As his immigration policy of separating families at the border set off nationwide protests this weekend, Donald Trump took another hit in his approval rating. His average rating, as compiled by the data site FiveThirtyEight, dipped below 42 percent for the first time since June 15, while his negative number in the average of all polls rose to 52.3 percent, his highest disapproval since June 12.
According to analysis by the online political magazine Slate, Trump's continued and long-standing low approval numbers now appear likely to damage Republicans at the voting booth in the 2018 midterm elections in November, with Trump described as an "albatross" around the neck of the his party.
In one poll, the Gallup weekly approval rating, Trump's approval tumbled by four points, down to 41 percent from last week's 45. Gallup attributed the sharp decline to "the controversy over the administration's immigration policy."
Even Trump's approval among Republicans dropped somewhat, though self-identified party members continue to support him overwhelmingly. But last week's high of 90 percent has fallen off by three points to 87 percent, as Newsweek reported. Approval of Trump among Democrats took a big drop — from 10 percent last week to just 5 percent this week, indicating that the residual glow of his "summit" meeting with North Koran dictator Kim Jong Un has worn off, according to Gallup.
Last week, the Inquisitr reported that Trump's approval rating was lower than any previous president at the same point in his term, since approval rating polling began in 1945, with the exception of President Jimmy Carter, whose approval rating was battered by his handling of an economic crisis marked by double-digit inflation. But this week, Trump's approval rating has again dipped below Carter's at the same point in his term, 526 days in.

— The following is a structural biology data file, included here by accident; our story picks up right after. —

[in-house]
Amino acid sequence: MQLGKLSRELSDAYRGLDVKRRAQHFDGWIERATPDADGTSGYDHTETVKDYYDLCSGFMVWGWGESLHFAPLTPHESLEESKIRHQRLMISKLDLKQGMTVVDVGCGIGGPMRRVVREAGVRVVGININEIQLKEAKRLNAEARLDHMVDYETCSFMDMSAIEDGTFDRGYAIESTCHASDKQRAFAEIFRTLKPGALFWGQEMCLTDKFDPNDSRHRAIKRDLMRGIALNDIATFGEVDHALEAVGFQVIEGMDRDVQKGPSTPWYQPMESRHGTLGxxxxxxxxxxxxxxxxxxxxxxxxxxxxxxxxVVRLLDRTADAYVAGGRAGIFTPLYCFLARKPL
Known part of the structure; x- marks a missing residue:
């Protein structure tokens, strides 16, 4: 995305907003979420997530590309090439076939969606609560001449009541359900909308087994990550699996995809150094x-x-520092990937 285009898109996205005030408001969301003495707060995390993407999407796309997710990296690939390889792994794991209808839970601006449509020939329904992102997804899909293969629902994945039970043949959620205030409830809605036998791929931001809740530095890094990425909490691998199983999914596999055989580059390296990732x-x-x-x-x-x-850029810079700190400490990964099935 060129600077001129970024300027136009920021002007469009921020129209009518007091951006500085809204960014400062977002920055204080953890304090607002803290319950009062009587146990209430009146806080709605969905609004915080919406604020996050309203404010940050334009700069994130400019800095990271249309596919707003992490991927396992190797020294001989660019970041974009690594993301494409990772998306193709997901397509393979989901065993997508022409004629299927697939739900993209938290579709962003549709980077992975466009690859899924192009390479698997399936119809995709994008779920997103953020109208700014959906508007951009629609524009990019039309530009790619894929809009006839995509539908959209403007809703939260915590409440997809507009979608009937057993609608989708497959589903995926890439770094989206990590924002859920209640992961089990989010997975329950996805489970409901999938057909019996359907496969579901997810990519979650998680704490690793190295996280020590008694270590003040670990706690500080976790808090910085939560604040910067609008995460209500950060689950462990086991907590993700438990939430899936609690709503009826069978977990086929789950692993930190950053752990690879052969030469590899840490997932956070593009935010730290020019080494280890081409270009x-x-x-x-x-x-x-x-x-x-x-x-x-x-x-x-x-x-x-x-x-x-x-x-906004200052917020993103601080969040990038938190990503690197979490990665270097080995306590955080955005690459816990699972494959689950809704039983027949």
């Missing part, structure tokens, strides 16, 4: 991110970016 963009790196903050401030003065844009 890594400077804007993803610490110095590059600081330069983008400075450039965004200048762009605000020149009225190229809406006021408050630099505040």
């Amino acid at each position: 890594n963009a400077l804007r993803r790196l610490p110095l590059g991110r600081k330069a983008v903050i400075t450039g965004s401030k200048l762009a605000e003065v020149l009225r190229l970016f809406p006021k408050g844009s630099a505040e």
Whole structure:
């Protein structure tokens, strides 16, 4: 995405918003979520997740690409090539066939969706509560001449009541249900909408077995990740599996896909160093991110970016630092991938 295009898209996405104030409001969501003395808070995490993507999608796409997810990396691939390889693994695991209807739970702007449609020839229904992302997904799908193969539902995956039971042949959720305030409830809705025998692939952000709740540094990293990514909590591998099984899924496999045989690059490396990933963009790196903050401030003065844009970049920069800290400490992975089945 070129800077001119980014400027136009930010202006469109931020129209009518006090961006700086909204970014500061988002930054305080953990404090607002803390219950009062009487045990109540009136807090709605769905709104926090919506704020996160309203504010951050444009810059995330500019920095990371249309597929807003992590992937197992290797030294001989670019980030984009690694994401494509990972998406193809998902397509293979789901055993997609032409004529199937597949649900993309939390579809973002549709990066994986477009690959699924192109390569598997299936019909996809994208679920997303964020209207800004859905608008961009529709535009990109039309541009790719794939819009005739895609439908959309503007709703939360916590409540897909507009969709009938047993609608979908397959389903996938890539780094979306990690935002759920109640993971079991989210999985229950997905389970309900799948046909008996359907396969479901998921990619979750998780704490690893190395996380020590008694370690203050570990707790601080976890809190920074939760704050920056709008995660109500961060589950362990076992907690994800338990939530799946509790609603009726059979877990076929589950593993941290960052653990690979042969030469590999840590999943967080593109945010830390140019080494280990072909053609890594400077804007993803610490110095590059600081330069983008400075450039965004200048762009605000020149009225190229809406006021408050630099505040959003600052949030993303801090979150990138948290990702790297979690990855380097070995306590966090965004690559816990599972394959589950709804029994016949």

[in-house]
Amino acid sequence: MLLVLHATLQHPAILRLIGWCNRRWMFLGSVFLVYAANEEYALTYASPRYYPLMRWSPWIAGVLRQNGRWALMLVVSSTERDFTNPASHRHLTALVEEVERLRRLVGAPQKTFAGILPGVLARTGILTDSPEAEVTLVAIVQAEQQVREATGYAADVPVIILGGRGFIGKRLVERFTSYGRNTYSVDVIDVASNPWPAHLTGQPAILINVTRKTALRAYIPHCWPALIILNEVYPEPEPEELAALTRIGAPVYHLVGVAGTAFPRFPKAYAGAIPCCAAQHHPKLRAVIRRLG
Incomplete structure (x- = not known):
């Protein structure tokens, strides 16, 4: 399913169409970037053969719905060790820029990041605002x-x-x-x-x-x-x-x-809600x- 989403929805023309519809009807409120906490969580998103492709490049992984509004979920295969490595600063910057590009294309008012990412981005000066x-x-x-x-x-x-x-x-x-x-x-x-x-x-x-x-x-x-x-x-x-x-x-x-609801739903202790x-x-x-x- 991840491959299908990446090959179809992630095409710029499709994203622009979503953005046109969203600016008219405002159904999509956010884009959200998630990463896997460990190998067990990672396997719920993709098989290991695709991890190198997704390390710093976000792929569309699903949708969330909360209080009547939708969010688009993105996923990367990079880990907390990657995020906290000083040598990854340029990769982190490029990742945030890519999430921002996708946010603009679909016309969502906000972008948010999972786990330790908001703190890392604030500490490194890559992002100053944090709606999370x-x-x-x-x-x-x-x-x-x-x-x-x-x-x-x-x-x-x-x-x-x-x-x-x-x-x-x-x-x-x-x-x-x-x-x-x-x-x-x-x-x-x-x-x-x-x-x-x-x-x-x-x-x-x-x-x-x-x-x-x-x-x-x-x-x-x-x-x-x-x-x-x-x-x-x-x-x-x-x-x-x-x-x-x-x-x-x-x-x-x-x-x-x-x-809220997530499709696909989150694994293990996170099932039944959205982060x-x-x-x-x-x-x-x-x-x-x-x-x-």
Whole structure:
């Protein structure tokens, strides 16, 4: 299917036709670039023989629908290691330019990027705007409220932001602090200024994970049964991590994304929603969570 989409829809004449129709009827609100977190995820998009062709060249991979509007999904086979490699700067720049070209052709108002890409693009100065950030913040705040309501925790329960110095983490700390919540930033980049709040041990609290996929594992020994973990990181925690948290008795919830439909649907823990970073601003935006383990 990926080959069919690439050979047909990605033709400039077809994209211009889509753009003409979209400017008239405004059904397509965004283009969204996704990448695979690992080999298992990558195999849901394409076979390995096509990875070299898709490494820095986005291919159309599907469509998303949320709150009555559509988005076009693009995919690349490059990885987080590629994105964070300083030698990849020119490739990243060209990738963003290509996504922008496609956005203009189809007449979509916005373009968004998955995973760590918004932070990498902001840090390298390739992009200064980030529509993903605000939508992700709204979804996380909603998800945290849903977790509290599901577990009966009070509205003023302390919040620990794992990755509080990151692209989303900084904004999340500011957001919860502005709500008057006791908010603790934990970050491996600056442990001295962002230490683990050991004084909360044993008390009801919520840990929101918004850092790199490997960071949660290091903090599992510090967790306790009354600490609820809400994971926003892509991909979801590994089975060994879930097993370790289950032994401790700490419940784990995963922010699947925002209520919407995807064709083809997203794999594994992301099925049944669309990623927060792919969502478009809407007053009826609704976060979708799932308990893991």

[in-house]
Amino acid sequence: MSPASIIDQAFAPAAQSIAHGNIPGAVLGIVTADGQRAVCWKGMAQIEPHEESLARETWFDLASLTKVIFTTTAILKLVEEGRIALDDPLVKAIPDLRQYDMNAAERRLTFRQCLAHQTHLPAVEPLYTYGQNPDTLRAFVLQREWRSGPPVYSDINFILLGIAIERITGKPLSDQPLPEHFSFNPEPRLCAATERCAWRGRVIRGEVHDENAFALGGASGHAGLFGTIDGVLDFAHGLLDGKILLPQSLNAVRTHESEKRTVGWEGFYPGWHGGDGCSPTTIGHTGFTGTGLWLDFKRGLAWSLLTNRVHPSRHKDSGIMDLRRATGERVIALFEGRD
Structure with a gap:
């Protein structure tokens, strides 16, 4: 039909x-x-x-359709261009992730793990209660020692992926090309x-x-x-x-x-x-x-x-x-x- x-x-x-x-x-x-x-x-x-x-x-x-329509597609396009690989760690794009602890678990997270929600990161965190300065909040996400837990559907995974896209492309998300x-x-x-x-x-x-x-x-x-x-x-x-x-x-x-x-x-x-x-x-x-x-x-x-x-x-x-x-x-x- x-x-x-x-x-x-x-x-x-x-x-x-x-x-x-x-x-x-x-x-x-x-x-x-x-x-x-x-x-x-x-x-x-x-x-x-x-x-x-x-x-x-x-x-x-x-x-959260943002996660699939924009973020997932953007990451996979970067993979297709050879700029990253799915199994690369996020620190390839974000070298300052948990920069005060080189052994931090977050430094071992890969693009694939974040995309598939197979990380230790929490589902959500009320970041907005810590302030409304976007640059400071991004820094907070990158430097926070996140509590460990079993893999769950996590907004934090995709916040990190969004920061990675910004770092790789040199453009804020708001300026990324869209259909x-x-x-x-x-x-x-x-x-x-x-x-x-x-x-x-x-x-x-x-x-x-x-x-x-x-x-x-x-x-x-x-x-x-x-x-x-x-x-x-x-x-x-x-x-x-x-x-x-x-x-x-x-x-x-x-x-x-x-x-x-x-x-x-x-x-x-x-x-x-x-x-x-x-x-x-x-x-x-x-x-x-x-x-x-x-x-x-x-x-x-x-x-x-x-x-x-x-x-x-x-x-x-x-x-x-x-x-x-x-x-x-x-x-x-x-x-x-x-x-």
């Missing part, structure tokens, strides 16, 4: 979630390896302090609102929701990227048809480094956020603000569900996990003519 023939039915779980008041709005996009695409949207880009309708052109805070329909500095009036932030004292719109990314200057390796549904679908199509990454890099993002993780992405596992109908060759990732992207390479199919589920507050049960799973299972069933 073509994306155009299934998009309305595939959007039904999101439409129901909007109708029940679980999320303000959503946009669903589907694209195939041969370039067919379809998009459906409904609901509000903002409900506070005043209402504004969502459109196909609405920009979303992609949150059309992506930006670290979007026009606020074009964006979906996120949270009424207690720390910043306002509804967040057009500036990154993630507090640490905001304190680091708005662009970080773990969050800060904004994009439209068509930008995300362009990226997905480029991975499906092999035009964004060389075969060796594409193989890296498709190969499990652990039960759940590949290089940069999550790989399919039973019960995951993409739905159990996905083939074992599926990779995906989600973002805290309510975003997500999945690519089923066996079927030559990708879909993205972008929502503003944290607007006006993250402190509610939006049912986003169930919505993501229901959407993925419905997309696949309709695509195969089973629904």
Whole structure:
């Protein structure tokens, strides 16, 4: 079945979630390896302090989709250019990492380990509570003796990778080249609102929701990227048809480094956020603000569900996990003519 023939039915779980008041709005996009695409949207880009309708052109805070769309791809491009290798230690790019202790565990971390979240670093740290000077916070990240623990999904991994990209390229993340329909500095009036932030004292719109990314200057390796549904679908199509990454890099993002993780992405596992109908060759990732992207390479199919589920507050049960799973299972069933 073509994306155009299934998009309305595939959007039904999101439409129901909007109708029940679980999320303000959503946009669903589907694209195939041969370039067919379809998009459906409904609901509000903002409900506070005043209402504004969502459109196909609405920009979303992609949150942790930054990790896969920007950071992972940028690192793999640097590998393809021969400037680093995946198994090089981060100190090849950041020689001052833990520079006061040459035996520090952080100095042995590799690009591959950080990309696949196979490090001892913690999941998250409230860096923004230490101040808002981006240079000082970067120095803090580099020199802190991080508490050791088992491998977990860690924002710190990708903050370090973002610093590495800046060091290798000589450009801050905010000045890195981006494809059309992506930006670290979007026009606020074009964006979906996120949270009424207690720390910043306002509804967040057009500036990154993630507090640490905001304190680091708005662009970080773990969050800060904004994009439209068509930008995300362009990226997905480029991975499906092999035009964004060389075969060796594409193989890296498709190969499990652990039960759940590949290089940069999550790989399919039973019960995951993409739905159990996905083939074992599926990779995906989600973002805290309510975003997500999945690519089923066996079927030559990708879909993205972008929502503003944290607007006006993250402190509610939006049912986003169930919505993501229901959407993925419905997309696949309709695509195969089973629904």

According to polls analyzed by Slate, even Trump's current approval numbers are not as good as they appear. A Suffolk University/USA Today poll showed that when asked whether they plan to vote for a Republican or Democrat in the upcoming midterms, 45 percent of voters choose a Democrat and 39 percent a Republican, a six point difference. But when the question becomes, "Do you want to elect a Congress that mostly cooperates with President Trump, or one that mostly stands up to President Trump?" the difference rises to 21 points, with 55 percent saying they want a congress that stands up to Trump. Only 34 percent said they would vote for a congress that cooperates with Trump.
Another poll, conducted by YouGov/The Economist, showed a similar result, with only 32 percent saying they would vote for candidates who were similar to Trump. That number is nine points lower than Trump's 41 percent approval rating in the same poll, which also found 46 percent saying they wanted candidates who were different from Trump.
The numbers reveal, according to Slate columnist William Saletan, that "Trump's base is weaker than it looks," and Trump's support is likely considerably lower than his approval rating would indicate.